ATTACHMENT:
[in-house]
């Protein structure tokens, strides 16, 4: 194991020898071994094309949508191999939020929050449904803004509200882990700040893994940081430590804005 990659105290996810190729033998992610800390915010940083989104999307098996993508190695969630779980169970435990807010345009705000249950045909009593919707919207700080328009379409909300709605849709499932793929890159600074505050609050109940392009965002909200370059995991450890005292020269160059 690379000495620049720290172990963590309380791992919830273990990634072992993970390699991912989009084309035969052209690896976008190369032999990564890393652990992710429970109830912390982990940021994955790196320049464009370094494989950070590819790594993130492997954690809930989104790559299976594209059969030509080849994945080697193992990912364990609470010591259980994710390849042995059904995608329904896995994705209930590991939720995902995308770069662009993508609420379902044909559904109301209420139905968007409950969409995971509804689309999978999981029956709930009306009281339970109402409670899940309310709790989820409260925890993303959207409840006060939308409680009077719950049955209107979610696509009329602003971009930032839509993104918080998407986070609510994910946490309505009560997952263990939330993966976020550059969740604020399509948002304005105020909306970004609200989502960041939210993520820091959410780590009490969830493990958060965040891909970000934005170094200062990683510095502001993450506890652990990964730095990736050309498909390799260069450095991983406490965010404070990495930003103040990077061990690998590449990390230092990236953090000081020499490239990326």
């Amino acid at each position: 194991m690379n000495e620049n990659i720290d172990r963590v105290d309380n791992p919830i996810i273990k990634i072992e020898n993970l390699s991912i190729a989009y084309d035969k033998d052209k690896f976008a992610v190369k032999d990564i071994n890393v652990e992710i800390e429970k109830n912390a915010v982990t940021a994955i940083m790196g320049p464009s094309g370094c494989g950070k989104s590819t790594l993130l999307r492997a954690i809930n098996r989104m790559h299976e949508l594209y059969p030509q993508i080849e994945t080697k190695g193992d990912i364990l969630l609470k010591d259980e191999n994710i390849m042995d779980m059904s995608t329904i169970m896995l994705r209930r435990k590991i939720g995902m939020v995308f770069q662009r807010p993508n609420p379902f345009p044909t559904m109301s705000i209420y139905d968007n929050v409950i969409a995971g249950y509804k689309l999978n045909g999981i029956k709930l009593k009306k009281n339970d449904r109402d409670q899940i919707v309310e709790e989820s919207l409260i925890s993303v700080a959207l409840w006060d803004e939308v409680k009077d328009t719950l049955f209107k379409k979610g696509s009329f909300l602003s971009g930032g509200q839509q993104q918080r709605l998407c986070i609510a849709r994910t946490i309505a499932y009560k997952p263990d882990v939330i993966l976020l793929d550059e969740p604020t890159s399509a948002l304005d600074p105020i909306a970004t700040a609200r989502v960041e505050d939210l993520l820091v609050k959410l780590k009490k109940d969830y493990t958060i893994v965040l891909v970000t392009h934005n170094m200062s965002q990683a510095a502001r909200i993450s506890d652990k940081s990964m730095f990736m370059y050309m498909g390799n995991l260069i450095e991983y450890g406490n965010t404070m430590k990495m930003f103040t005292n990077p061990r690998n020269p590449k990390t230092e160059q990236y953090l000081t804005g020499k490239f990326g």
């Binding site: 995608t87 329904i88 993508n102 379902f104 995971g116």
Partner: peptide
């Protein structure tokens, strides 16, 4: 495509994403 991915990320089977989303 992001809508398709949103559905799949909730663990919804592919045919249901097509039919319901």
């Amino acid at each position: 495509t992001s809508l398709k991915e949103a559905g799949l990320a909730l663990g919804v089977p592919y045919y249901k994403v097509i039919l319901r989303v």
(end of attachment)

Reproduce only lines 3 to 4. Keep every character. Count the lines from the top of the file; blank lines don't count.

């Amino acid at each position: 194991m690379n000495e620049n990659i720290d172990r963590v105290d309380n791992p919830i996810i273990k990634i072992e020898n993970l390699s991912i190729a989009y084309d035969k033998d052209k690896f976008a992610v190369k032999d990564i071994n890393v652990e992710i800390e429970k109830n912390a915010v982990t940021a994955i940083m790196g320049p464009s094309g370094c494989g950070k989104s590819t790594l993130l999307r492997a954690i809930n098996r989104m790559h299976e949508l594209y059969p030509q993508i080849e994945t080697k190695g193992d990912i364990l969630l609470k010591d259980e191999n994710i390849m042995d779980m059904s995608t329904i169970m896995l994705r209930r435990k590991i939720g995902m939020v995308f770069q662009r807010p993508n609420p379902f345009p044909t559904m109301s705000i209420y139905d968007n929050v409950i969409a995971g249950y509804k689309l999978n045909g999981i029956k709930l009593k009306k009281n339970d449904r109402d409670q899940i919707v309310e709790e989820s919207l409260i925890s993303v700080a959207l409840w006060d803004e939308v409680k009077d328009t719950l049955f209107k379409k979610g696509s009329f909300l602003s971009g930032g509200q839509q993104q918080r709605l998407c986070i609510a849709r994910t946490i309505a499932y009560k997952p263990d882990v939330i993966l976020l793929d550059e969740p604020t890159s399509a948002l304005d600074p105020i909306a970004t700040a609200r989502v960041e505050d939210l993520l820091v609050k959410l780590k009490k109940d969830y493990t958060i893994v965040l891909v970000t392009h934005n170094m200062s965002q990683a510095a502001r909200i993450s506890d652990k940081s990964m730095f990736m370059y050309m498909g390799n995991l260069i450095e991983y450890g406490n965010t404070m430590k990495m930003f103040t005292n990077p061990r690998n020269p590449k990390t230092e160059q990236y953090l000081t804005g020499k490239f990326g």
């Binding site: 995608t87 329904i88 993508n102 379902f104 995971g116």